Launch Slideshow

The Johnston Memorial Hospital consisted of 90,000-sq.-ft. of medical administrative and outpatient space.

Out With Moisture

Out With Moisture

  • The Johnston Memorial Hospital consisted of 90,000-sq.-ft. of medical administrative and outpatient space.

    http://www.concreteconstruction.net/Images/tmp2B8E%2Etmp_tcm45-1007874.jpg

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    The Johnston Memorial Hospital consisted of 90,000-sq.-ft. of medical administrative and outpatient space.

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    R. J. Griffin & Co.

    The Johnston Memorial Hospital consisted of 90,000-sq.-ft. of medical administrative and outpatient space.

  • Here the concrete floors have been poured and the construction firm continues work on the west buildings frame.

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    Here the concrete floors have been poured and the construction firm continues work on the west buildings frame.

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    R. J. Griffin & Co.

    Here the concrete floors have been poured and the construction firm continues work on the west building’s frame.

  • Thanks to the dessicant dehumdification process, the Johnson Memorial Hospital project opened on time.

    http://www.concreteconstruction.net/Images/tmp2B90%2Etmp_tcm45-1007876.jpg

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    Thanks to the dessicant dehumdification process, the Johnson Memorial Hospital project opened on time.

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    R. J. Griffin & Co.

    Thanks to the dessicant dehumdification process, the Johnson Memorial Hospital project opened on time.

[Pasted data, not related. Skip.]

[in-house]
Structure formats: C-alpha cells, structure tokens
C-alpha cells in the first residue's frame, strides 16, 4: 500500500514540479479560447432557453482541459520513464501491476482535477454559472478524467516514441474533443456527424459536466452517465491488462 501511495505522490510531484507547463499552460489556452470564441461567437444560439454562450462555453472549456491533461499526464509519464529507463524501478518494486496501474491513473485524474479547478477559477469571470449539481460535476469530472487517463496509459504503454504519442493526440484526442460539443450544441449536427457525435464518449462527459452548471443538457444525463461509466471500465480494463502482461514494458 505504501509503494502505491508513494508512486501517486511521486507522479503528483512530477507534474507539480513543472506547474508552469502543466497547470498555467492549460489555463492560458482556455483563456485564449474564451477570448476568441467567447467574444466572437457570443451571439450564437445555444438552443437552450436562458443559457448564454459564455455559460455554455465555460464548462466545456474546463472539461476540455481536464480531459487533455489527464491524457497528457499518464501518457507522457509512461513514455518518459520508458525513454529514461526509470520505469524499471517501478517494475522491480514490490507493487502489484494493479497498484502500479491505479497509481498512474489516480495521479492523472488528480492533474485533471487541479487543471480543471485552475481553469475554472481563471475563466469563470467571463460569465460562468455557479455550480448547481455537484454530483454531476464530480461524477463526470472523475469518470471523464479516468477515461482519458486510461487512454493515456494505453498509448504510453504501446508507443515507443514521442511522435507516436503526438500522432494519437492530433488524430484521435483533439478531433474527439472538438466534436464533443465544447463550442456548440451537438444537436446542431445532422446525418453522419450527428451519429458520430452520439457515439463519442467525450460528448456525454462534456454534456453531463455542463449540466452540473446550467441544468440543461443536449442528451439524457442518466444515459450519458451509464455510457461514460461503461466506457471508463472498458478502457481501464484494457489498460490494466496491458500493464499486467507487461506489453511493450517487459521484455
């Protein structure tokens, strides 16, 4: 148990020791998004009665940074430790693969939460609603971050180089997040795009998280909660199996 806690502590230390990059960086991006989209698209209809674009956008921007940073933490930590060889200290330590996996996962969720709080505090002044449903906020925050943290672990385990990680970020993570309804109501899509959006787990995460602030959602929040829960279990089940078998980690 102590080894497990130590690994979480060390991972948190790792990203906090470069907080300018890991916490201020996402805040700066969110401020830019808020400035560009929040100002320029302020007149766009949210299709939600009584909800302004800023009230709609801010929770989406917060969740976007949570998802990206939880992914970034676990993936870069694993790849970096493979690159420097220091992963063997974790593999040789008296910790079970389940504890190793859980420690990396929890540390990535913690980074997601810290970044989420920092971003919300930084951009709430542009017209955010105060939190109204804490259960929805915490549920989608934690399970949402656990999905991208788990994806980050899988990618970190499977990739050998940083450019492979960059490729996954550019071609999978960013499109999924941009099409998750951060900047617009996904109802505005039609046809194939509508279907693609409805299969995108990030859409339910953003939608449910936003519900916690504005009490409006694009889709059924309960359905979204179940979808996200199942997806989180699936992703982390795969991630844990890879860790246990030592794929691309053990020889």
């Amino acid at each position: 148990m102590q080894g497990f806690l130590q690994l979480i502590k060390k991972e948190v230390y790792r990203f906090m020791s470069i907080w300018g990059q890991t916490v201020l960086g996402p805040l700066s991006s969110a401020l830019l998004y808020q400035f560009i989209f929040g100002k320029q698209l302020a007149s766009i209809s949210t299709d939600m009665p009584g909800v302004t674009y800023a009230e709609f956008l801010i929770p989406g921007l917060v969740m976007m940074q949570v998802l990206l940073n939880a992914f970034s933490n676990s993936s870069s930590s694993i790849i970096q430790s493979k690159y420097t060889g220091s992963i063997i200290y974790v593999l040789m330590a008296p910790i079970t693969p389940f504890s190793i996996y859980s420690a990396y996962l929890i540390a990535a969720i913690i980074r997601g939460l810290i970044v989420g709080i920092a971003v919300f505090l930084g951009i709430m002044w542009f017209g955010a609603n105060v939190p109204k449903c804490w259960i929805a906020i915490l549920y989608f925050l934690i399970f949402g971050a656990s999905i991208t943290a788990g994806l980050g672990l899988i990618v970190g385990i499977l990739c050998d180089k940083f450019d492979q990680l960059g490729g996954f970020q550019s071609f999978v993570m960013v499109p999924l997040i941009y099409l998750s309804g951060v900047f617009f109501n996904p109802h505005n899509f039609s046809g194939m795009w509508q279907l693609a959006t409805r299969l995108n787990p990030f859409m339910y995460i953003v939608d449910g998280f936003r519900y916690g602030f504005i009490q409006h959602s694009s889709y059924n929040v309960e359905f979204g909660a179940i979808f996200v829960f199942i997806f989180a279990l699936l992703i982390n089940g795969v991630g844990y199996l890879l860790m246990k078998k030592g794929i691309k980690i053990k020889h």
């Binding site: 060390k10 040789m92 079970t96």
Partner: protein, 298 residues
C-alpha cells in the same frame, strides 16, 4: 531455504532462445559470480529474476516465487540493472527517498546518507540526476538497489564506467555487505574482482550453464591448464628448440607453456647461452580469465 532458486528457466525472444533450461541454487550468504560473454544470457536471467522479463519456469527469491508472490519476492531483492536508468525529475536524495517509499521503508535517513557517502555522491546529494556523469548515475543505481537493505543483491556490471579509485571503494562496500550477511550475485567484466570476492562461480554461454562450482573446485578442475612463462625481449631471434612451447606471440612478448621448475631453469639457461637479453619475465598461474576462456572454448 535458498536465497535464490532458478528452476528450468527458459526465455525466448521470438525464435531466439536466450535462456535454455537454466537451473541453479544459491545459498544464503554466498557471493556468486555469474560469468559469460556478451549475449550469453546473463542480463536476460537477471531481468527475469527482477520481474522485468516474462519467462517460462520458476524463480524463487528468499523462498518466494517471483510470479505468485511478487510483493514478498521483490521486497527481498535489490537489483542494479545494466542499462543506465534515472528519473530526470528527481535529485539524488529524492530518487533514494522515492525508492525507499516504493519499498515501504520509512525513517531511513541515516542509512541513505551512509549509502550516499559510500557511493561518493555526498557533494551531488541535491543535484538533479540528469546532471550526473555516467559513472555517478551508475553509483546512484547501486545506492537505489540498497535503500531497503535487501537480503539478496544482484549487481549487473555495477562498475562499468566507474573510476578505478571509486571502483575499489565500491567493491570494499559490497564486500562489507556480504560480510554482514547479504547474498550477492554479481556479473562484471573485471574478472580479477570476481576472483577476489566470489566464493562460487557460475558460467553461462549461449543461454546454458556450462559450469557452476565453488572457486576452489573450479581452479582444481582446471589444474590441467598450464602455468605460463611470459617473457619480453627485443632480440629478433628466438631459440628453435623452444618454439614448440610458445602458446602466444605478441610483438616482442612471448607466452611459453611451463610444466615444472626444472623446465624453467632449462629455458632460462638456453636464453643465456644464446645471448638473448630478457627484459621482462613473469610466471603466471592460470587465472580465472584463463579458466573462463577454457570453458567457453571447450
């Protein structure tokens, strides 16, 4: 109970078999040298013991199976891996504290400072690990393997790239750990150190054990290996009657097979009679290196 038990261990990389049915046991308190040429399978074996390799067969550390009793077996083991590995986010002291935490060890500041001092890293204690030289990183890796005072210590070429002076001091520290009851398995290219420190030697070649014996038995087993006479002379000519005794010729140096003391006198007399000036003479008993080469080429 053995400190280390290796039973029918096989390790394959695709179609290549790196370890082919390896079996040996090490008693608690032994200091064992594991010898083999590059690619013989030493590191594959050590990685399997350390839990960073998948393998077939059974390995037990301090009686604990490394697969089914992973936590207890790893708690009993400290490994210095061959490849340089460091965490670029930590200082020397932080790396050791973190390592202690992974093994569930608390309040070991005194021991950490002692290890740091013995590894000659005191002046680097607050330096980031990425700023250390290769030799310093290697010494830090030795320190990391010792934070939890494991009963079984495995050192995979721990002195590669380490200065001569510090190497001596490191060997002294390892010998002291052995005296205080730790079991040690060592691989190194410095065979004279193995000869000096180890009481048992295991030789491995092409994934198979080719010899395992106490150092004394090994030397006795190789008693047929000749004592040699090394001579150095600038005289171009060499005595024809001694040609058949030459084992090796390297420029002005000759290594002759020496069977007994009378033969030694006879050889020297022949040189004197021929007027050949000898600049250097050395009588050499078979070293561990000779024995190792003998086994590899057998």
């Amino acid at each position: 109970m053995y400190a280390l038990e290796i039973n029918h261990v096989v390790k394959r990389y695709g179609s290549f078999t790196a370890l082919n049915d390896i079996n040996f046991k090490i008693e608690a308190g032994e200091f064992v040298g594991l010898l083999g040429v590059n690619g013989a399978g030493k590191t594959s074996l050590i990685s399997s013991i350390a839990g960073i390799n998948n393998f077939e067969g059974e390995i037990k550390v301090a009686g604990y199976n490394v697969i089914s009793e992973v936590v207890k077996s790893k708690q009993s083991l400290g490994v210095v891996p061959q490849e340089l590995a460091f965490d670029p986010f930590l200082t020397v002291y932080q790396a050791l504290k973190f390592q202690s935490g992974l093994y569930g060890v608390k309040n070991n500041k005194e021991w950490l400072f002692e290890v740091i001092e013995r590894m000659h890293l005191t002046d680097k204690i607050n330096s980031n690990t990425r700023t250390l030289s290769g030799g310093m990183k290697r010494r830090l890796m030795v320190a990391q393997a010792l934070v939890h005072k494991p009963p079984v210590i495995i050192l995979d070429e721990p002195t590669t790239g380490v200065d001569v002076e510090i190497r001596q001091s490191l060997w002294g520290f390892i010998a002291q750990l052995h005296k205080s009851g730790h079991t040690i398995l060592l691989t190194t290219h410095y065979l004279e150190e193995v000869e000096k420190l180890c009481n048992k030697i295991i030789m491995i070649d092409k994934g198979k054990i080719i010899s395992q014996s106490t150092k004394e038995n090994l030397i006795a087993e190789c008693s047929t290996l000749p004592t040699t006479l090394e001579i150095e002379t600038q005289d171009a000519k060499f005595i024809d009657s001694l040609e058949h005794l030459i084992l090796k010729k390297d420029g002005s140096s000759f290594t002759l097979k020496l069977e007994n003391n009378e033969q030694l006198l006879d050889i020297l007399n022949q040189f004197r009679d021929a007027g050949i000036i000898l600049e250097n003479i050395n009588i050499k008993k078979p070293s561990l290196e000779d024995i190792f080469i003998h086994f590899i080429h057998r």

Nothing can be as frustrating for a building contractor as waiting for concrete to dry when the clock is ticking against a project’s deadline. Such was the situation faced by project manager Chris Bryant of R.J. Griffin, a construction firm based in Atlanta.

Bryant oversaw development of Johnston Memorial—a three-story, 90,000-square-foot physician’s office building in Abingdon, Va., featuring 15 medical suites for administrative and outpatient services. Moisture in the facility’s concrete floors nearly delayed the project’s completion.

With flooring materials scheduled for installation, Floorensics, an independent firm from Atlanta recognized as a leading company in concrete/flooring system interaction and failure, was asked to measure moisture levels in the building’s concrete floors. It was discovered that relative humidity levels in all of the three slabs were too high.

“Moisture requirements are typically 75% or below, but readings were in the high 80s and low 90s,” says Bryant. “Even though the slabs were installed six months earlier, they weren’t dry enough to proceed with flooring installation.”

The discovery had the potential to delay the project considerably. Unless specifications for moisture content in concrete are met, flooring subcontractors can’t proceed and manufacturers’ warrantees won’t be honored. Excessive moisture can wreak havoc on flooring materials. Potential problems include microbial growth leading to mold and mildew, poor indoor air quality, downtime for repair and replacement of floor coverings, adhesive breakdown, flooring and underlayment expansion, and lost time and productivity of building staff.

To prevent such issues and allow construction to proceed as planned, Floorensics recommended Bryant contact Polygon (formerly Munters Moisture Control Services), a leader in temporary climate control in construction and industrial applications, to employ an accelerated dehumidification drying system.